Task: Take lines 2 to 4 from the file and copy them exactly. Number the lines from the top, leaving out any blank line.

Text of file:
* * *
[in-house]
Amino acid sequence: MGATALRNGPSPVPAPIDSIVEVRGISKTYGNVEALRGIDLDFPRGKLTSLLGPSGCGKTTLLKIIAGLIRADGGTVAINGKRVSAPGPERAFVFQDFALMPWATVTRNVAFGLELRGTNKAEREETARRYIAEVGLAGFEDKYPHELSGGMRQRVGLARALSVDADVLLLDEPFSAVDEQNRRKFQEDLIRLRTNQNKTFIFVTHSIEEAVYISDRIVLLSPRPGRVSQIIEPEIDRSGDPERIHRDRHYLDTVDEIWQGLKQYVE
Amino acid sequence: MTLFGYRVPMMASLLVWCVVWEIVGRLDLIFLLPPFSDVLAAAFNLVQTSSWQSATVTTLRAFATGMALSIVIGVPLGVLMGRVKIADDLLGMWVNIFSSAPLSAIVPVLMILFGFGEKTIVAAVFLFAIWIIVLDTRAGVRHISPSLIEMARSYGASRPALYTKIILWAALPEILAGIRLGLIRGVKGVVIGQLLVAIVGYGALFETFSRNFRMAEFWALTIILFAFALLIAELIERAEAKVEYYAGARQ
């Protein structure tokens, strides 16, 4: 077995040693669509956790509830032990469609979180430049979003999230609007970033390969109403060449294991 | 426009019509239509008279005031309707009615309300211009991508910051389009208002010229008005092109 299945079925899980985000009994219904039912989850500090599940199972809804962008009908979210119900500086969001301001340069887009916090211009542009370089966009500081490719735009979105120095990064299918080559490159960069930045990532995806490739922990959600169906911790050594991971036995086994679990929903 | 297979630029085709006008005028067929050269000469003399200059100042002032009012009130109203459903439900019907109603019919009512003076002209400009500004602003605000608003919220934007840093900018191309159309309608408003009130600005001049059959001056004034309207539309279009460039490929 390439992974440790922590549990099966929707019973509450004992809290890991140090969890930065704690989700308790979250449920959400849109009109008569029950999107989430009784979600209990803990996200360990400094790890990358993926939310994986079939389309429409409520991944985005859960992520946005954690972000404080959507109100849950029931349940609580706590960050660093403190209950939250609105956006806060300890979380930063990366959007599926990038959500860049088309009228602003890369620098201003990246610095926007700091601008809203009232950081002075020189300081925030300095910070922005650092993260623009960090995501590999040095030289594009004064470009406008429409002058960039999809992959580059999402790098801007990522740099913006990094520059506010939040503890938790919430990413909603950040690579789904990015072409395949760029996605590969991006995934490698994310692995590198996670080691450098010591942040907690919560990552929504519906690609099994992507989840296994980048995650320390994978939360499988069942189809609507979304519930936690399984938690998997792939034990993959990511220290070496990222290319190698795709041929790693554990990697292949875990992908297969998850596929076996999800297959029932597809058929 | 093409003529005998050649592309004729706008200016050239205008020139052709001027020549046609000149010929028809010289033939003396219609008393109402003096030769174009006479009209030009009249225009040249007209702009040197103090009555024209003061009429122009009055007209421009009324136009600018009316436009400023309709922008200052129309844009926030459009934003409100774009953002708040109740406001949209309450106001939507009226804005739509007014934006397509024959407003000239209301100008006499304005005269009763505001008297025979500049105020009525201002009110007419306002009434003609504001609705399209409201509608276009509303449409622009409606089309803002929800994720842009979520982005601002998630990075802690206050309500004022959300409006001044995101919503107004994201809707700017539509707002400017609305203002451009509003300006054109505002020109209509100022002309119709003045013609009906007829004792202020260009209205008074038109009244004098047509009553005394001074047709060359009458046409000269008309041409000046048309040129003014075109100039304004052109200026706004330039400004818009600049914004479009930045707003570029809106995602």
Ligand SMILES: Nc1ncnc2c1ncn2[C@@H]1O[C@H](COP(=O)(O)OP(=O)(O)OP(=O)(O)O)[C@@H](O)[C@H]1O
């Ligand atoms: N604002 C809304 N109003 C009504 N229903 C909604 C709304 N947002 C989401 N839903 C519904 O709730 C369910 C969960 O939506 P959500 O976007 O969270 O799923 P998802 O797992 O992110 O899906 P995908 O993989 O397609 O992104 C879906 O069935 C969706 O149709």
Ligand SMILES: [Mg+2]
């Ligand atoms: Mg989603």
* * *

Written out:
Amino acid sequence: MGATALRNGPSPVPAPIDSIVEVRGISKTYGNVEALRGIDLDFPRGKLTSLLGPSGCGKTTLLKIIAGLIRADGGTVAINGKRVSAPGPERAFVFQDFALMPWATVTRNVAFGLELRGTNKAEREETARRYIAEVGLAGFEDKYPHELSGGMRQRVGLARALSVDADVLLLDEPFSAVDEQNRRKFQEDLIRLRTNQNKTFIFVTHSIEEAVYISDRIVLLSPRPGRVSQIIEPEIDRSGDPERIHRDRHYLDTVDEIWQGLKQYVE
Amino acid sequence: MTLFGYRVPMMASLLVWCVVWEIVGRLDLIFLLPPFSDVLAAAFNLVQTSSWQSATVTTLRAFATGMALSIVIGVPLGVLMGRVKIADDLLGMWVNIFSSAPLSAIVPVLMILFGFGEKTIVAAVFLFAIWIIVLDTRAGVRHISPSLIEMARSYGASRPALYTKIILWAALPEILAGIRLGLIRGVKGVVIGQLLVAIVGYGALFETFSRNFRMAEFWALTIILFAFALLIAELIERAEAKVEYYAGARQ
């Protein structure tokens, strides 16, 4: 077995040693669509956790509830032990469609979180430049979003999230609007970033390969109403060449294991 | 426009019509239509008279005031309707009615309300211009991508910051389009208002010229008005092109 299945079925899980985000009994219904039912989850500090599940199972809804962008009908979210119900500086969001301001340069887009916090211009542009370089966009500081490719735009979105120095990064299918080559490159960069930045990532995806490739922990959600169906911790050594991971036995086994679990929903 | 297979630029085709006008005028067929050269000469003399200059100042002032009012009130109203459903439900019907109603019919009512003076002209400009500004602003605000608003919220934007840093900018191309159309309608408003009130600005001049059959001056004034309207539309279009460039490929 390439992974440790922590549990099966929707019973509450004992809290890991140090969890930065704690989700308790979250449920959400849109009109008569029950999107989430009784979600209990803990996200360990400094790890990358993926939310994986079939389309429409409520991944985005859960992520946005954690972000404080959507109100849950029931349940609580706590960050660093403190209950939250609105956006806060300890979380930063990366959007599926990038959500860049088309009228602003890369620098201003990246610095926007700091601008809203009232950081002075020189300081925030300095910070922005650092993260623009960090995501590999040095030289594009004064470009406008429409002058960039999809992959580059999402790098801007990522740099913006990094520059506010939040503890938790919430990413909603950040690579789904990015072409395949760029996605590969991006995934490698994310692995590198996670080691450098010591942040907690919560990552929504519906690609099994992507989840296994980048995650320390994978939360499988069942189809609507979304519930936690399984938690998997792939034990993959990511220290070496990222290319190698795709041929790693554990990697292949875990992908297969998850596929076996999800297959029932597809058929 | 093409003529005998050649592309004729706008200016050239205008020139052709001027020549046609000149010929028809010289033939003396219609008393109402003096030769174009006479009209030009009249225009040249007209702009040197103090009555024209003061009429122009009055007209421009009324136009600018009316436009400023309709922008200052129309844009926030459009934003409100774009953002708040109740406001949209309450106001939507009226804005739509007014934006397509024959407003000239209301100008006499304005005269009763505001008297025979500049105020009525201002009110007419306002009434003609504001609705399209409201509608276009509303449409622009409606089309803002929800994720842009979520982005601002998630990075802690206050309500004022959300409006001044995101919503107004994201809707700017539509707002400017609305203002451009509003300006054109505002020109209509100022002309119709003045013609009906007829004792202020260009209205008074038109009244004098047509009553005394001074047709060359009458046409000269008309041409000046048309040129003014075109100039304004052109200026706004330039400004818009600049914004479009930045707003570029809106995602």